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Health Place. 2011 Jan;17(1):207-14. doi: 10.1016/j.healthplace.2010.10.001. Epub 2010 Oct 15.

Childhood obesity and proximity to urban parks and recreational resources: a longitudinal cohort study.

Author information

1
College of Environmental Design, University of California, Berkeley, 230 Wurster Hall #1820, Berkeley, CA 94720-1820, USA. wolch@berkeley.edu

Abstract

The objective of the research was to assess how proximity to parks and recreational resources affects the development of childhood obesity through a longitudinal study. Data were collected on 3173 children aged 9-10 from 12 communities in Southern California in 1993 and 1996. Children were followed for eight years to collect longitudinal information, including objectively measured body mass index (BMI). Multilevel growth curve models were used to assess associations between attained BMI growth at age 18 and numerous environmental variables, including park space and recreational program access. For park acres within a 500 m distance of children's homes, there were significant inverse associations with attained BMI at age 18. Effect sizes were larger for boys than for girls. Recreation programs within a 10 km buffer of children's homes were significantly and inversely associated with achieved levels in BMI at age 18, with effect sizes for boys also larger than those for girls. We conclude that children with better access to parks and recreational resources are less likely to experience significant increases in attained BMI.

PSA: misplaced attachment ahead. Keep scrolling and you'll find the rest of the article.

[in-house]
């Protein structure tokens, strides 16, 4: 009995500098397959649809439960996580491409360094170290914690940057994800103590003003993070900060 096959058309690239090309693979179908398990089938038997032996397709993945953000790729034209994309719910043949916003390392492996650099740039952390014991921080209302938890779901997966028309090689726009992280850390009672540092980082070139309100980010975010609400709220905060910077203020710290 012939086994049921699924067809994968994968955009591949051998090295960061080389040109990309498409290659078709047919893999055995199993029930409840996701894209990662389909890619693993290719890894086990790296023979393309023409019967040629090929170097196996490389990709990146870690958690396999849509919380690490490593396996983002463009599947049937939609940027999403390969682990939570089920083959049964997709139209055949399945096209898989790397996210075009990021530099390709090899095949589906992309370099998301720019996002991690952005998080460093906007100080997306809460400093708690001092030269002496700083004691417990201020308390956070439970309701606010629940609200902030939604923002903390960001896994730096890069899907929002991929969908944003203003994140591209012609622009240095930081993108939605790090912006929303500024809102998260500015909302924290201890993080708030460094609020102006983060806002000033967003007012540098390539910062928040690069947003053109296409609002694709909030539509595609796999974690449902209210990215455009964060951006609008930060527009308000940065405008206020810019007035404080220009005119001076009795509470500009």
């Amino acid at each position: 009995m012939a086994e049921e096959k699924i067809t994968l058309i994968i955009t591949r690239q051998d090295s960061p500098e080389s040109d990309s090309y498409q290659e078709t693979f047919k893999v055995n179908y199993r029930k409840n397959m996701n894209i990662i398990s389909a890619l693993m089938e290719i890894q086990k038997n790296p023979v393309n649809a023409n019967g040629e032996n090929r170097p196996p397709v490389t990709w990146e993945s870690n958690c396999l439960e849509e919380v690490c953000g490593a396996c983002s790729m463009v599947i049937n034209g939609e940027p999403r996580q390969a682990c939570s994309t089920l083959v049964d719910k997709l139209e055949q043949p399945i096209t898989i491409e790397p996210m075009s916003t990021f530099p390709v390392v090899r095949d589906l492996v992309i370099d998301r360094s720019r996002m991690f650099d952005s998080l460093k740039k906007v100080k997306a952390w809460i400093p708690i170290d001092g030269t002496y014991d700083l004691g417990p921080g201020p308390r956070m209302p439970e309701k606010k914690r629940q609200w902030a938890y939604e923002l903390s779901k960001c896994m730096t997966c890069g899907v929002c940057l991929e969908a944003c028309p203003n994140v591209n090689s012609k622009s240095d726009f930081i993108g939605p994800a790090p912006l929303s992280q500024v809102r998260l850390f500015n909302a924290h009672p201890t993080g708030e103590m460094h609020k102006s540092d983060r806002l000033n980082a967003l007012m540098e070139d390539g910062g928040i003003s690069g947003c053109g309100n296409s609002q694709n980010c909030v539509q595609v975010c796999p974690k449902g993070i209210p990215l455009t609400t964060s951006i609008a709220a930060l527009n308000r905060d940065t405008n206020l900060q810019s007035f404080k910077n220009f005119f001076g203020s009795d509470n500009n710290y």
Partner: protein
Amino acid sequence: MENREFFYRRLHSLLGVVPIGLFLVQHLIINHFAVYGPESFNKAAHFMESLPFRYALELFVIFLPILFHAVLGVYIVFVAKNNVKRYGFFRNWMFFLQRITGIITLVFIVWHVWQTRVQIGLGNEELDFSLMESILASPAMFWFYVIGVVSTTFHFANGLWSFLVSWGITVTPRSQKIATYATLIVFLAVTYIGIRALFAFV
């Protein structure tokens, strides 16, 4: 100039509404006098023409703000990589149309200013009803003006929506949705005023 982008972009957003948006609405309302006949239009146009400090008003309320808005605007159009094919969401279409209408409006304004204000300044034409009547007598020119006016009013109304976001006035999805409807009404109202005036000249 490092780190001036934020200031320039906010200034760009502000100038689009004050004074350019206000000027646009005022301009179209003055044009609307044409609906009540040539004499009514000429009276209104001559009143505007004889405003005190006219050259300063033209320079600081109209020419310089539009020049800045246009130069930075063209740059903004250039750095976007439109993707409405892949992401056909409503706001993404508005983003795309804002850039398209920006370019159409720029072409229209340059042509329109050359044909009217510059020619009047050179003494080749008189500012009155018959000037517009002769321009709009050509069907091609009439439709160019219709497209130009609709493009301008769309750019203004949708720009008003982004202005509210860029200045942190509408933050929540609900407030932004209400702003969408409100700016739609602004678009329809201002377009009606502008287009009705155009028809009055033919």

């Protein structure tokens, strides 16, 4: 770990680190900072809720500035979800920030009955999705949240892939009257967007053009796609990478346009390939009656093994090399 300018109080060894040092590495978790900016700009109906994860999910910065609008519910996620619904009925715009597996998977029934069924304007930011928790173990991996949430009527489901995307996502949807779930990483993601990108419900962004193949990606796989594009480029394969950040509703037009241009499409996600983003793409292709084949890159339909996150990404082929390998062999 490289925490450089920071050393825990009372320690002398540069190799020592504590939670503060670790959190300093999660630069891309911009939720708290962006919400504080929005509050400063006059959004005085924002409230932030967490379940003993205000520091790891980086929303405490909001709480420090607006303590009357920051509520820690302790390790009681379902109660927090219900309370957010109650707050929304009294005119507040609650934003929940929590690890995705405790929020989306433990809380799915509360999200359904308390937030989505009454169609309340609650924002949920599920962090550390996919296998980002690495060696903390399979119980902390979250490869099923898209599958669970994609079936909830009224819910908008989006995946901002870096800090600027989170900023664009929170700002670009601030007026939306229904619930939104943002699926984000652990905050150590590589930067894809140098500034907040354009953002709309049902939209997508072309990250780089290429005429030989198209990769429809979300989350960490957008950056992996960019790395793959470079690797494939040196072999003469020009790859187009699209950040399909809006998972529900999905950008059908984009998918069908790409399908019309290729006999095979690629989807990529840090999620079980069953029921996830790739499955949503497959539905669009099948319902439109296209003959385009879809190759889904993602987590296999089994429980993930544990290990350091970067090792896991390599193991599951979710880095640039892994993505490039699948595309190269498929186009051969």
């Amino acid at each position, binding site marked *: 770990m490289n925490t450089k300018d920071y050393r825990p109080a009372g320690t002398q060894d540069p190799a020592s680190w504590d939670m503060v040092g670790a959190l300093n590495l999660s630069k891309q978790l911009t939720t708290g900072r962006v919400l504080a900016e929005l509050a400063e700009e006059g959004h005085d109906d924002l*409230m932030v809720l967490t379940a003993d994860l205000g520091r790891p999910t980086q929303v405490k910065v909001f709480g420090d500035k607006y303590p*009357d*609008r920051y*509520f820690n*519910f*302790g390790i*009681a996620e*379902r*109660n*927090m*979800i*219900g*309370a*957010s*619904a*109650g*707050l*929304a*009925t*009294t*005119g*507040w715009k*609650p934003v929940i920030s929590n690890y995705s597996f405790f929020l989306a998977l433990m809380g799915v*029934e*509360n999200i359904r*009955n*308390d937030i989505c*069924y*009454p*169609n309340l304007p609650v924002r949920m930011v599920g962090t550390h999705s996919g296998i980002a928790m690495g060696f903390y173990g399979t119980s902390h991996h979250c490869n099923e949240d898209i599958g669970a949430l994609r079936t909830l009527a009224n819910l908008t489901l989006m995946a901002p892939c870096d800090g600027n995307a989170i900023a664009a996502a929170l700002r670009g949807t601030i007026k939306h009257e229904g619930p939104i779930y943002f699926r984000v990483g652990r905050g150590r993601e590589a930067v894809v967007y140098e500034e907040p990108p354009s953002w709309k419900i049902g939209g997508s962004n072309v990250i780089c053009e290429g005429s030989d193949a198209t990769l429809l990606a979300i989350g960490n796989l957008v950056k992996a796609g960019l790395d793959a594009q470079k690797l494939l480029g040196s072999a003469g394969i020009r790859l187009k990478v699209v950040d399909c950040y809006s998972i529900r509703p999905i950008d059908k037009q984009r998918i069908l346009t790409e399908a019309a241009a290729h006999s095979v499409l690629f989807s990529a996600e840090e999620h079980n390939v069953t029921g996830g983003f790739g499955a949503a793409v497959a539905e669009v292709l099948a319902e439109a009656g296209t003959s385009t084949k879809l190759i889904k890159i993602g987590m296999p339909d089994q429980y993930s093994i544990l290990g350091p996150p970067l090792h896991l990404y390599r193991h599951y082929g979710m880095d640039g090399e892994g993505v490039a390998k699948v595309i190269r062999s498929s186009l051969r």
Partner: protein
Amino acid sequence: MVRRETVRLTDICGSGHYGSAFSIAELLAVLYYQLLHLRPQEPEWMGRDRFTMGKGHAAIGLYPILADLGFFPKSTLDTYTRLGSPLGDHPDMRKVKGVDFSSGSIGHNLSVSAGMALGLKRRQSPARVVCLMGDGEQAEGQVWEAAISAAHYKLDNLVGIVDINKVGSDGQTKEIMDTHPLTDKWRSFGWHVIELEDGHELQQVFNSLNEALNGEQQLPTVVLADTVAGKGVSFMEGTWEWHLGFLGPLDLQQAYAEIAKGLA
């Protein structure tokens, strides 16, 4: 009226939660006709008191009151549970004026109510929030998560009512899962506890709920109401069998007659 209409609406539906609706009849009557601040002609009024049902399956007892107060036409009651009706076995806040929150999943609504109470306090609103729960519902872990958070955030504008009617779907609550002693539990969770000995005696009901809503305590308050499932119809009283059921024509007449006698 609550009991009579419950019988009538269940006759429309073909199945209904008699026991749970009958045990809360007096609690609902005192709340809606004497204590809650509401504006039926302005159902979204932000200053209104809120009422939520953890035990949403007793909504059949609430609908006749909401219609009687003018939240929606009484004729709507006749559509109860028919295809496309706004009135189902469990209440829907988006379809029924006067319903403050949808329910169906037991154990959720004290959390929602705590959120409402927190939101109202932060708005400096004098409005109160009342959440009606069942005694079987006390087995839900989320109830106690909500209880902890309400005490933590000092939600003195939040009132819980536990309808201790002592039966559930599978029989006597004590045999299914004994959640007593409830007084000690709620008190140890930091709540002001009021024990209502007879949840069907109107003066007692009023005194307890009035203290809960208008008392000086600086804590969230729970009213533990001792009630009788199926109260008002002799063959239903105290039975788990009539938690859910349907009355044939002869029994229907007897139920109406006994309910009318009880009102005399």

PMID:
21075670
PMCID:
PMC4380517
DOI:
10.1016/j.healthplace.2010.10.001
[Indexed for MEDLINE]
Free PMC Article

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